A thicker sock is ideal for running in cold weather, as the extra material allows it to hold insulation better. But make sure that a thicker sock is made of sweat-wicking material.

Your feet may start out cold, but more often than not, they’ll start heating up midrun. A sweat-wicking material and a good venting system will keep your feet dry and prevent overheating when wearing thicker socks.

As far as padding goes, it’s helpful to have thicker material underfoot. Thicker sole material provides comfort and protection during runs, as they absorb shock from foot strike.

You can find socks with padding that runs along the entire sole or, if you’d prefer a lighter sock, on just the heel and forefoot. Many runners prefer full sole coverage, as the lack of padding on the midsole can lead to an uneven feeling underfoot.

Brands also offer socks with zero underfoot padding. This works well with runners who want to combine them with minimalist shoes for a more barefoot feel.

Do professional runners wear socks?

With very few exceptions, yes. Professional runners log hundreds of miles in training, and keeping their feet healthy during such heavy training loads is essential.

Socks help prevent blisters, which take time to heal. They cause discomfort that can alter a runner’s stride, which can cause injury over time. Blisters, while inevitable, should be limited as much as possible, and wearing socks goes a long way in doing so.

Also, many professional runners use compression socks to minimize fatigue during runs and races, as well as a way to speed up recovery between workouts.

We know of one exception to this rule. One of our writers knows a professional runner who chooses to train without socks, but races with them on. He does so purposefully to cause blisters and over time, build up calluses and, in his words, “to toughen up my feet.”

In addition to running, he’s also a professional hunter, often spending days in the woods. His purpose in building bulletproof feet is to prepare them during training for anything that may occur during his hunts. This is an extreme method of training — one that we don’t recommend — but it’s worth noting.

How long do running socks last?

The lifespan of a running sock varies widely depending on the quality of the sock. Lower-quality socks should get you at least a few months of use before they start to show wear. Any damage (such as holes and tearing) is a sign of poor workmanship or factory defect, and they should be returned for a refund or warranty exchange.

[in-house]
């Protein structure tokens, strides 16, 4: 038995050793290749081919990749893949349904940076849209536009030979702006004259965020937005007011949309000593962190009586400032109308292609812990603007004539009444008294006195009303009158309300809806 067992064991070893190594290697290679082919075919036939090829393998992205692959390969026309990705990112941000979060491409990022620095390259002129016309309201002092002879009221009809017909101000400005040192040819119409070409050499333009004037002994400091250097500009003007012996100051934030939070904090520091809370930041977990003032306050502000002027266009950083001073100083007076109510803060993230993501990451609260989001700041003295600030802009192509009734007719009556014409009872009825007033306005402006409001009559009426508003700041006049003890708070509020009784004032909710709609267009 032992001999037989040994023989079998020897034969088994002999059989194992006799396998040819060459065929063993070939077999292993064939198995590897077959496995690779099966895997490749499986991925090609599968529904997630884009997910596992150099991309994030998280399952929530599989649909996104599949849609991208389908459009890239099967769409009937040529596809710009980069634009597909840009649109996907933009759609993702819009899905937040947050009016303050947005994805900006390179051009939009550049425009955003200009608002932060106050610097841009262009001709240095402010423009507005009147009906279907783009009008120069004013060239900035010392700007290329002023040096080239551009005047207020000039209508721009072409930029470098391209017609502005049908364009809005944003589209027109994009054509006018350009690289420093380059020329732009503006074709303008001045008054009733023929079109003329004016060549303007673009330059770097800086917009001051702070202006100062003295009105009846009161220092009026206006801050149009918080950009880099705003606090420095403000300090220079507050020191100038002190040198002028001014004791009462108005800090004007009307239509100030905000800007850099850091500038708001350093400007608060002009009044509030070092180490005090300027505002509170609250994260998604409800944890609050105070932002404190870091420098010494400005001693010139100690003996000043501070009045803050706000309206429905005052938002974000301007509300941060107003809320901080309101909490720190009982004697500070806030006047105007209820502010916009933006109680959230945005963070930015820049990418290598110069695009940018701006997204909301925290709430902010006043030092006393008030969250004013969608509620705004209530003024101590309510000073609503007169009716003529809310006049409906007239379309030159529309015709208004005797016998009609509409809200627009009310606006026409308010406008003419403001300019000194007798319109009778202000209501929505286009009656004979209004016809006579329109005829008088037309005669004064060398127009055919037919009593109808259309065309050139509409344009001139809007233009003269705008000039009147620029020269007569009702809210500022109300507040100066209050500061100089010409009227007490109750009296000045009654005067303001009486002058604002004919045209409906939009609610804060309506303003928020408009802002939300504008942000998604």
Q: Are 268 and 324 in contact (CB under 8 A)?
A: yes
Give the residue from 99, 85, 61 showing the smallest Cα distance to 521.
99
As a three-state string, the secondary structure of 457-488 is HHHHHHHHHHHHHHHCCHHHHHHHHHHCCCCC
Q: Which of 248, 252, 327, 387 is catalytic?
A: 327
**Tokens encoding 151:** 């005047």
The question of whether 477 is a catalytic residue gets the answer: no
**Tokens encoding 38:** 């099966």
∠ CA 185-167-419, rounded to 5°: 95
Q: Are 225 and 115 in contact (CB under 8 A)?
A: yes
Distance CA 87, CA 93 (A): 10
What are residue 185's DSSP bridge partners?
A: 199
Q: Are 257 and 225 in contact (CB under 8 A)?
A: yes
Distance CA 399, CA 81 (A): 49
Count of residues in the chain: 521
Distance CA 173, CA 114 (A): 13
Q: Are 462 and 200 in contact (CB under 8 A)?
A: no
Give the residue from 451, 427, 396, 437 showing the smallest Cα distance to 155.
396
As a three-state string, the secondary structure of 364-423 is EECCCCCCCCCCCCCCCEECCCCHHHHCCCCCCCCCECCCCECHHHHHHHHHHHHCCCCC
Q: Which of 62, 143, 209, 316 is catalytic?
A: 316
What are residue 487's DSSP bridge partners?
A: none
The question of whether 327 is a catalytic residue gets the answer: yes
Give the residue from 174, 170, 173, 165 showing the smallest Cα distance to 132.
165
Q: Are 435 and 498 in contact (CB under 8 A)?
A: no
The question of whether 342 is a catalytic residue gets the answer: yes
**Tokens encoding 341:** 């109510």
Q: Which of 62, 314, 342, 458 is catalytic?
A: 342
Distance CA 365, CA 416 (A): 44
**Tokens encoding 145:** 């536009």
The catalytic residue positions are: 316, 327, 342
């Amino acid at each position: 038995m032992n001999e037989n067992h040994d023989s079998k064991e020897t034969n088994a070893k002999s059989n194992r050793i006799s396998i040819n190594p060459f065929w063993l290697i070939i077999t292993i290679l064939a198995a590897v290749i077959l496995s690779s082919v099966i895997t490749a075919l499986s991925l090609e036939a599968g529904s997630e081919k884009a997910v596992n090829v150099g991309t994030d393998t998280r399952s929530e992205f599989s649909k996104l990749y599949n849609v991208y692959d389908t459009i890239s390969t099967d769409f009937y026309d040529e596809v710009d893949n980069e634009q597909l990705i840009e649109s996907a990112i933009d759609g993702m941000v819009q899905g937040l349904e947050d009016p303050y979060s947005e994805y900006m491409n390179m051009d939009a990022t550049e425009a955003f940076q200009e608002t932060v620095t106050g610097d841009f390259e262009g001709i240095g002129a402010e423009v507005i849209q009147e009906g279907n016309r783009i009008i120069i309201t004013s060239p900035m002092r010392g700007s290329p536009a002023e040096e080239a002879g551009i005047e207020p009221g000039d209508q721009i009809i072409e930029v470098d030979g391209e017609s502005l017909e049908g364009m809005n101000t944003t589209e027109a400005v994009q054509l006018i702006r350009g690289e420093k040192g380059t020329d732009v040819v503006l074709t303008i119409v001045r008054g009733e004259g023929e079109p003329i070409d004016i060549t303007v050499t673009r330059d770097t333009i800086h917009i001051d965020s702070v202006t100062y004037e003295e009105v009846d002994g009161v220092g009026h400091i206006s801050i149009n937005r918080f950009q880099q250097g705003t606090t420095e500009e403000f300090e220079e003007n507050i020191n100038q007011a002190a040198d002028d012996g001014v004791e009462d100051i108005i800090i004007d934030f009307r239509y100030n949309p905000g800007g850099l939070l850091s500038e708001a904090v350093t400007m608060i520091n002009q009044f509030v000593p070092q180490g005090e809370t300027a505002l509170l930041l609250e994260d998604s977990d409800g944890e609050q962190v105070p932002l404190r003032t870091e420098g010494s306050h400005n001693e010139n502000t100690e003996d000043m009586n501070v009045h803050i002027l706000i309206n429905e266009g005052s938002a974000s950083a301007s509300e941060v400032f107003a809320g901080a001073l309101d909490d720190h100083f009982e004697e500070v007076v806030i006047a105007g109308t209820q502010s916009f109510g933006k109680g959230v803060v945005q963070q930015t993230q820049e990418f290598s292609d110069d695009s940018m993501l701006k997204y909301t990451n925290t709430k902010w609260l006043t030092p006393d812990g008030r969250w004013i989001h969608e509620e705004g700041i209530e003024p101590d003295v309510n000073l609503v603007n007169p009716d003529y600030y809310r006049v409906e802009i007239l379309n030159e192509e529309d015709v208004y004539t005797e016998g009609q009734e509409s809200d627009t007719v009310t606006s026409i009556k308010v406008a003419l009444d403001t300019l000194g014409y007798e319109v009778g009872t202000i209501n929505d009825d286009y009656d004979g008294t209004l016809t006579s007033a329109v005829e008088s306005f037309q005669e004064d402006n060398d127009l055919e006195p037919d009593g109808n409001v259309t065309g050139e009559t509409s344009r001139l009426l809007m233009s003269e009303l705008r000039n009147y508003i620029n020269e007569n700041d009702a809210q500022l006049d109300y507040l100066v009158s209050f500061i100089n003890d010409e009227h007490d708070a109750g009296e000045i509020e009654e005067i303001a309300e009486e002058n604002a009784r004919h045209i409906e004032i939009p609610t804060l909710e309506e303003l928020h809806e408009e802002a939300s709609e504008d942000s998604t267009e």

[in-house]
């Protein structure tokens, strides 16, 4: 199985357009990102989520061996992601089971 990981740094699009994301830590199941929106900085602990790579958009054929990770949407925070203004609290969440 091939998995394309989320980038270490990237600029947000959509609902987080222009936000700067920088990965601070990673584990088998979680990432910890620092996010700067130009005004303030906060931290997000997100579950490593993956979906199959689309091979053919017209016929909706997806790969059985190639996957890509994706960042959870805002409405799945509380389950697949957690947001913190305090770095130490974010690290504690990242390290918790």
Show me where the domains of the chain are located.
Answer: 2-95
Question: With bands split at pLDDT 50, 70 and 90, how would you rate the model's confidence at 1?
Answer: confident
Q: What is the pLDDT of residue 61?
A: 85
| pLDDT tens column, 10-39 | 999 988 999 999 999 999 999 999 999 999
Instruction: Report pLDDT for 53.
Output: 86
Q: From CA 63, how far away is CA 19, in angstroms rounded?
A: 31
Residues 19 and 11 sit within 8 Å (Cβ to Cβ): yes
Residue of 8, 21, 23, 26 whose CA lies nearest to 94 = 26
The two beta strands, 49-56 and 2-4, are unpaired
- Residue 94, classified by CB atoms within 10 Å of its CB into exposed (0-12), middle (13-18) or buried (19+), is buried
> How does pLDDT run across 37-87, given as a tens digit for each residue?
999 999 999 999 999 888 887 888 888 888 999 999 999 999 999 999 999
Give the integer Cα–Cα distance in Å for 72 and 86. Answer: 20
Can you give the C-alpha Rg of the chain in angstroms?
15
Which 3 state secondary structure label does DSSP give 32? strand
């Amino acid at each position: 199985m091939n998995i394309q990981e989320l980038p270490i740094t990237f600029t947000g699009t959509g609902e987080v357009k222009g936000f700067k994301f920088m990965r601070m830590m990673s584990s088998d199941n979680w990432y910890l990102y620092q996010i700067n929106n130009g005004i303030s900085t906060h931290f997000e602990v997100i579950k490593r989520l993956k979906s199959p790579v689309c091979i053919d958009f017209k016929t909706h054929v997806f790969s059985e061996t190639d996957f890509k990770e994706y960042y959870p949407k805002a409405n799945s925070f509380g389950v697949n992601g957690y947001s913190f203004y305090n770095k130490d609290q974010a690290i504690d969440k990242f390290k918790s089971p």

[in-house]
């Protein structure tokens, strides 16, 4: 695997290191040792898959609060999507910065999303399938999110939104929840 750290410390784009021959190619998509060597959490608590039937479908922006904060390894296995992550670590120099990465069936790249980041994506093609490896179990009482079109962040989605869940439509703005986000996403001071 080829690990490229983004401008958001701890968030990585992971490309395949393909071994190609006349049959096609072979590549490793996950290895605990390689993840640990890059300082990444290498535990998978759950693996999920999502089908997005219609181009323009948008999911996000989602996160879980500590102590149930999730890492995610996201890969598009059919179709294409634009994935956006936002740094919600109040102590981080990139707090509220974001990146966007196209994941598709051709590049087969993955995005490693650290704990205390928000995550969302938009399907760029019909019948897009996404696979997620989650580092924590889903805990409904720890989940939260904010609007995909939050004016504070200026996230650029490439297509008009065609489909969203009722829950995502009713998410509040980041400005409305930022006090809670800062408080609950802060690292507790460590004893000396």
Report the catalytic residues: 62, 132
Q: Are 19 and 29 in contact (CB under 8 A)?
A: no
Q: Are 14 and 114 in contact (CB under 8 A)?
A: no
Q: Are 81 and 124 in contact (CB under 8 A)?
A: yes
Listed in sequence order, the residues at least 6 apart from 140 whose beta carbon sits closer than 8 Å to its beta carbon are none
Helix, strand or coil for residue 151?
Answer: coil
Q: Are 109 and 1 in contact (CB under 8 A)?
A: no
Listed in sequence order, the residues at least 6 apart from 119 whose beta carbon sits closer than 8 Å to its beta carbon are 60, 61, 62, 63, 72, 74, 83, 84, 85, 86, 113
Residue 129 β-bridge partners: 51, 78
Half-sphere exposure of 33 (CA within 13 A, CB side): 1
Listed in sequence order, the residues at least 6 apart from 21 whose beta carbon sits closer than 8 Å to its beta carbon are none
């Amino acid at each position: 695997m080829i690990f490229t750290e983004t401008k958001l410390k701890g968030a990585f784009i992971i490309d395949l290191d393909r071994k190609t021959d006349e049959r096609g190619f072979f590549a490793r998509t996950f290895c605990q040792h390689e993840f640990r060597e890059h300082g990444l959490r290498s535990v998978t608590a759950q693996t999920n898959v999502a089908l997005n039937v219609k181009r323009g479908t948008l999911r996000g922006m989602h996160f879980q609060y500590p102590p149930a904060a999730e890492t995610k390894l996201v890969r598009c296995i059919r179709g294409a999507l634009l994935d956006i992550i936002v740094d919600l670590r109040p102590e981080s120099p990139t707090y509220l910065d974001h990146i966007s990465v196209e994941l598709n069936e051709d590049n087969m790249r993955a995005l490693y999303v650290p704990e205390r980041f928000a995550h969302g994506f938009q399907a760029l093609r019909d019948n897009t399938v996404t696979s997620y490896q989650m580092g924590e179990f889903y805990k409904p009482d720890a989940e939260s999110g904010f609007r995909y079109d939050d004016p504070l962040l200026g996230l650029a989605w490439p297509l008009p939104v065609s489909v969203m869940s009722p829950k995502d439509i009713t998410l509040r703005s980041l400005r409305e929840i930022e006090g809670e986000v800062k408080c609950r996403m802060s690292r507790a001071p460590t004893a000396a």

Quality running socks should get you a few years of steady use before you see any holes or they start to lose elasticity and get baggy — and the best ones never tear.

The one brand that we keep going back to is Darn Tough. The Vermont company uses large-gauge sewing machines to create a dense material without adding bulk, and the high-quality merino wool it uses is extremely durable. We’ve never had to replace a pair of Darn Tough socks unless we lost one in the wash or had the cat tear one to pieces.

The company is so confident in its work that they offer a lifetime guarantee. If a sock you ever buy from them ever gets a hole in it, it’ll replace it free of charge. If you buy the Darn Tough Coolmax Run No-Show Tab Ultra Lightweight Running Sock it won’t matter if you’ve had it for a year or 10 years — if you wear a hole in it, you get a new pair.

Why wear compression socks for running?

Compression socks use graded compression on targeted parts of the foot and calf. This compression facilitates blood flow and helps minimize swelling.

Runners use these as a way to help the circulatory system provide the muscles with oxygen and flush out lactic acid during runs. Compression also minimizes the repeated vibration that comes with running, which causes microabrasions in the muscle that can lead to fatigue. Our top pick for tall compression socks is CEP’s Tall Compression Socks. But if you are just looking for foot compression the PAPLUS’s Ankle Compression Socks is our suggestion. 

Runners also use them for post-run recovery. Many runners will wear compression socks or use inflatable compression garments after runs to speed up post-run recovery and reduce soreness, as the increased blood flow helps carry nutrients to the muscles. This reduces soreness and lessens recovery time, especially after high-intensity workouts.

Are running socks worth the money?

Absolutely. Running socks go a long way in increasing the enjoyment and effectiveness of run training. First and foremost, they keep your feet cool and dry, removing the moisture that can add friction and cause blisters. They also act as an essential barrier between the foot and the shoe, eliminating friction and hot spots.

They are undoubtedly more expensive than regular socks, but can make the difference between a fun day on the trail, and painful blisters — or worse.

Additional padding on the soles of running socks provides essential cushioning that reduces foot strike impact as well. Compression socks help you run longer and recover faster. After your running shoes, a good pair of running socks is a runner’s most important piece of running gear.